Something unusual has happened in the past few days in Southern Africa. School children have led protests for human rights in Zim & Malawi. Primary school children in Malawi. Secondary school children in Bulawayo, Zimbabwe. @ansothom @dailymaverick pic.twitter.com/b4DpmSc3eT
— Leila Dougan (@leiladougan) January 22, 2020
If you have followed any news about protests in Zimbabwe and Malawi in the last few months, you will have heard that protest action in Zimbabwe has been done by adult Zimbabweans organised by trade unions, civil society or political formations. You will also have heard that the reactions to the protests by the authorities was the trademark violence, arbitrary arrests and detentions and in some instances shooting. Yes, shooting to kill unarmed civilians.
This happens when states become autocratic and intolerant to criticism and leaders operate on a psyche that power is an end in itself and therefore seek to hold into it at any cost.
This is why in Zimbabwe exactly one year ago, in January 2019, over 1300 people were arrested and detained and a number killed by armed forces for protesting against rising prices of petrol and food. The impunity for such killings is evidenced by the fact that even after the August 2018 killings, where former South Africa president Motlanthe recommended that the trigger happy soldiers who shot and killed six unarmed civilians be arrested and brought to justice, no one has ever been arrested.
Yet on 20 January 2020, we saw a different form of spontaneous protest action, this time by students from Njube Secondary School in Bulawayo, Zimbabwe, protesting about the quality of their education. In Zimbabwe, like South Africa, basic education is a right. According to the 2013 Zimbabwean Constitution “the state must take all practical measures to promote – free and compulsory basic education for children” (section 27) and in turn “every citizen and permanent resident … has a right “to a basic State-funded education ..” (Section 75).
But in Zimbabwe as in South Africa the words of the Constitution are not matched by the reality of the education system.
As a result, students in Bulawayo were protesting the hiking of school fees by the authorities. They complained that the teachers’ conditions of service were pathetic and an affront to the dignity of the teaching profession.
According to Obert Masaraure, the president of the Amalgamated Rural Teachers Union of Zimbabwe teachers in Zimbabwe: “earned around the equivalent of $30 (R400) as salary for the month of January 2020. It is some contemporary form of slavery”.
The secondary school students at Njube saw this as unfair and, coupled with the increase in fees that made it difficult for them to enjoy their right to education, they protested in the streets until they obeyed the instruction of their headmaster to return to school.
In Malawi the protests that followed the disputed elections in May 2019 have generally featured the Malawi Human Rights Defenders Coalition led by activist Timothy Mtambo. These protests to demand electoral justice and accountability have seen large participation by Malawians of all walks of life.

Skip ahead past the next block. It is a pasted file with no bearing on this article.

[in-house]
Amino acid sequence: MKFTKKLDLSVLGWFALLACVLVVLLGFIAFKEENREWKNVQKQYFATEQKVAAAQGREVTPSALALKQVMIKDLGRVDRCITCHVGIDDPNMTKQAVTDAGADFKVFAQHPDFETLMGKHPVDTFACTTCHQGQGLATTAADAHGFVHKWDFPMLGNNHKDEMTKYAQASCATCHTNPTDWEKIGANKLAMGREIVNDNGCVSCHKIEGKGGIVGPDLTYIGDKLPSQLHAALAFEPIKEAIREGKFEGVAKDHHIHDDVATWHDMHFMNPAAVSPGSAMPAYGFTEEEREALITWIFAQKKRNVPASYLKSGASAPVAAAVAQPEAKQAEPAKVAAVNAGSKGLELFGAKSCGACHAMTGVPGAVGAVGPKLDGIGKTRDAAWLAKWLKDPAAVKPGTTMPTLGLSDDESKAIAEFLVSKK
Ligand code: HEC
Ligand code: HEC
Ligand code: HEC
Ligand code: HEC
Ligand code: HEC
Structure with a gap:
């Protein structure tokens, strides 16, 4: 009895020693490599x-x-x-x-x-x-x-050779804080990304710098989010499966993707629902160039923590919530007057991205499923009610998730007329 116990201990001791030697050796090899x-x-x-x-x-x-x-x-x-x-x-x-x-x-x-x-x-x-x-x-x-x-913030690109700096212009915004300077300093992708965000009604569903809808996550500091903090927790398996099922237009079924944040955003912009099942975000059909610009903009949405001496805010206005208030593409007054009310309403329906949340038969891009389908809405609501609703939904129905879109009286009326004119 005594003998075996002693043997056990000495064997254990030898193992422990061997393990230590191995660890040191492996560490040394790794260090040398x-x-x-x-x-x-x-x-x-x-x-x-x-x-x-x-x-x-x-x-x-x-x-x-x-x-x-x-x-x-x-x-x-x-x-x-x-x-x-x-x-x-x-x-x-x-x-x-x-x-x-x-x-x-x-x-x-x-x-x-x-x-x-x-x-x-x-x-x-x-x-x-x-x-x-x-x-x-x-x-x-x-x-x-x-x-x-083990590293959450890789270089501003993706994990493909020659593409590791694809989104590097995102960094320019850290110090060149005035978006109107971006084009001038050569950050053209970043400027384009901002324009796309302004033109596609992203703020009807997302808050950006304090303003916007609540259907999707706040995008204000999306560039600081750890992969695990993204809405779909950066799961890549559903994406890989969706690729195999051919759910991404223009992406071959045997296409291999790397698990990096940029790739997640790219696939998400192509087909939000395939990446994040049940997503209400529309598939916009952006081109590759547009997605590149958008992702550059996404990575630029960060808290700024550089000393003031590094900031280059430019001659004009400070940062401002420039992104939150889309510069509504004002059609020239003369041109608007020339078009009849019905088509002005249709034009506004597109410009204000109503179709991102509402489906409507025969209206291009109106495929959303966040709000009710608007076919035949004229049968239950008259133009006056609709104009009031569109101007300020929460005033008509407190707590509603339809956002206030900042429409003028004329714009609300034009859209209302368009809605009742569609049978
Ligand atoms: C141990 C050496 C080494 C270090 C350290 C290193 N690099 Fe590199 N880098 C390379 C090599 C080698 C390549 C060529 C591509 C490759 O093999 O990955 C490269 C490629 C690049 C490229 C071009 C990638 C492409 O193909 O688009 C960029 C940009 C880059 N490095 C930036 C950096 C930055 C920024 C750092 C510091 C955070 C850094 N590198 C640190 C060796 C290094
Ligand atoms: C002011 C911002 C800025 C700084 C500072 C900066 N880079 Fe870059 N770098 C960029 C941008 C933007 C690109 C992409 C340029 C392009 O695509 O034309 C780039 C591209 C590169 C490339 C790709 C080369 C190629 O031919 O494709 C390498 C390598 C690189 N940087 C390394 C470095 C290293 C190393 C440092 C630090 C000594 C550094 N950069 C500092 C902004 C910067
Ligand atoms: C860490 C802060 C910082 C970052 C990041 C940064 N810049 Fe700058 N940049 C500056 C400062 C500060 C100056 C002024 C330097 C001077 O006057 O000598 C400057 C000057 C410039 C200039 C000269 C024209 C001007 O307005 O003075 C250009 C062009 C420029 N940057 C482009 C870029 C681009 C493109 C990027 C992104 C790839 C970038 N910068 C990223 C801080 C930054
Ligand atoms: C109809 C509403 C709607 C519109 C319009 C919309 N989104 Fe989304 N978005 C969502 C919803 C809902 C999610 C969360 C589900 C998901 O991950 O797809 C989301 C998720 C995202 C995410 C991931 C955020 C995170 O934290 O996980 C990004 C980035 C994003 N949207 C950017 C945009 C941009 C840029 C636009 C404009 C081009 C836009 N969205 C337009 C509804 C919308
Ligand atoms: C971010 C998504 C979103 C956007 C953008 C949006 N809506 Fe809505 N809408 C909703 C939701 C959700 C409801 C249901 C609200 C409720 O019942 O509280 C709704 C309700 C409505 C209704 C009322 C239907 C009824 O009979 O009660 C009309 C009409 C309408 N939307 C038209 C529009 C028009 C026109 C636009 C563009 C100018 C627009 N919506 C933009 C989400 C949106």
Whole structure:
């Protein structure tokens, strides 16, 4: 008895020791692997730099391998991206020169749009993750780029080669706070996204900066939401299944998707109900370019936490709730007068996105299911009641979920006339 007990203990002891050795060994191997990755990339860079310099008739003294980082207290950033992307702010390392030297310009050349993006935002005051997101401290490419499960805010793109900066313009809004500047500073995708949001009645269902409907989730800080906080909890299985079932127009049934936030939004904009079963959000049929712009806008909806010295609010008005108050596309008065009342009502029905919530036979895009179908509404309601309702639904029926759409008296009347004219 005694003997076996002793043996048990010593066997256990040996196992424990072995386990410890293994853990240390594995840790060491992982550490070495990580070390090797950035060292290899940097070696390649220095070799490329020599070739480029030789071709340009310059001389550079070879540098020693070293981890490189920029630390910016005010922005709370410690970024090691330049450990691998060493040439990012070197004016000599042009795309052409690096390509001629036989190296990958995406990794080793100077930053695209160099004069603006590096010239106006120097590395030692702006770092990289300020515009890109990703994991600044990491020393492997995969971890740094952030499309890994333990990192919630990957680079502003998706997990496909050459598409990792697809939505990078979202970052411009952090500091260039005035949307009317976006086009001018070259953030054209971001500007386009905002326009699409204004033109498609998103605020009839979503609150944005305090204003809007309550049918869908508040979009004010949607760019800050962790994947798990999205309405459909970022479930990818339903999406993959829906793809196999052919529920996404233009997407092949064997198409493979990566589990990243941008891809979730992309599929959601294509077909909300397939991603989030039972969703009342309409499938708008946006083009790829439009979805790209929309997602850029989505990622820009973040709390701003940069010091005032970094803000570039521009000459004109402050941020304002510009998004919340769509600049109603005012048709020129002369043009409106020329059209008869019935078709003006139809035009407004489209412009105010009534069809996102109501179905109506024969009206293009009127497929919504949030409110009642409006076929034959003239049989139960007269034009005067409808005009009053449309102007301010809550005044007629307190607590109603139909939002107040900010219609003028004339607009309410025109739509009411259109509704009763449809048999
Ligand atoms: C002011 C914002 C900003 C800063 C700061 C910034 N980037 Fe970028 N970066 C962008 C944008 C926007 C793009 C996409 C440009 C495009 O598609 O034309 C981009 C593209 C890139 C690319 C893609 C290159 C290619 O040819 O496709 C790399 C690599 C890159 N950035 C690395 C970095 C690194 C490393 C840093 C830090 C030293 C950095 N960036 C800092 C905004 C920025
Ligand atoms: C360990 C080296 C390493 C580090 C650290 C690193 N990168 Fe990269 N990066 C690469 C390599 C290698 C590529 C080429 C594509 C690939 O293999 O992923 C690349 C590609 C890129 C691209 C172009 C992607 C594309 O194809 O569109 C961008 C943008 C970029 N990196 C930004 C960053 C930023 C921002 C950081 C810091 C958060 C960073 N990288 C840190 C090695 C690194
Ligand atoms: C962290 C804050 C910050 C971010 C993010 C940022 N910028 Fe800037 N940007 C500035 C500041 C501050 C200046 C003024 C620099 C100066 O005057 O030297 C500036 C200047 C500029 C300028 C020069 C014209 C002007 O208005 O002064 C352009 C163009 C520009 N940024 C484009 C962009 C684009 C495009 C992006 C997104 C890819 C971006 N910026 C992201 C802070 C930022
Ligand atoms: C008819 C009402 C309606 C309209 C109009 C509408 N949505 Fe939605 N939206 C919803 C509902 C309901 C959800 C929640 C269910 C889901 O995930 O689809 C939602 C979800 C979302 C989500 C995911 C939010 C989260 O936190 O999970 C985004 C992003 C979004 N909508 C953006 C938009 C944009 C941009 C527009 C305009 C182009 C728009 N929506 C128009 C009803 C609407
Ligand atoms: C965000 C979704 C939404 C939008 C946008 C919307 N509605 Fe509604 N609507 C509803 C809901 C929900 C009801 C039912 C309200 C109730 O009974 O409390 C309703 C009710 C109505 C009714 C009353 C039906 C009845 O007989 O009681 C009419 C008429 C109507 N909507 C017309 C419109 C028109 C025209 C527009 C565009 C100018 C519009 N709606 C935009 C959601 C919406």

However the post-elections protests were met with violence and threats by the police and ruling party “cadres” in Malawi. Such was the threat factor against unarmed civilian protesters that the Malawi Defence Forces took the unusual step of protecting civilians from the police and cadres from the ruling party. Mtambo has been the victim of an assassination attempt and his wife has faced cyber bullying, including WhatsApp messages encouraging any man who came across her to rape her. Other human rights activists also faced numerous threats. The judiciary’s independence has been threatened with credible reports of attempts to bribe judges who are presiding over the election petition.
Yet on 21 January 2020 outside the glare of public attention, primary school children in Muzuzu, Northern Malawi, went into a public protest marching in the streets “demanding that teachers be paid their December salary” according to Happy Mhango of the HRDC.
“The students were angered by the fact that teachers in Malawi have gone on an indefinite shutdown after some teachers were not paid in December 2019 following a bungled head count exercise by the authorities”, added Mhango.
These two events in important countries in Southern Africa where the authorities have been autocratic and clamped down on civil society show that the inter-generational passage of human rights values is active and alive. This gives hope that the struggles against inequality and injustice will continue from generation to generation.
We all know how on 16 June, 1976 in South Africa the students became the symbol of hope for a better South Africa; 20-21 January 2020 are therefore a significant addition to the history of the role of students in carrying out their generational mandate to fight for the rights and dignity of all people. MC
Arnold Tsunga is the Chairperson of the Southern African Human Rights Defenders Coalition and writes in his personal capacity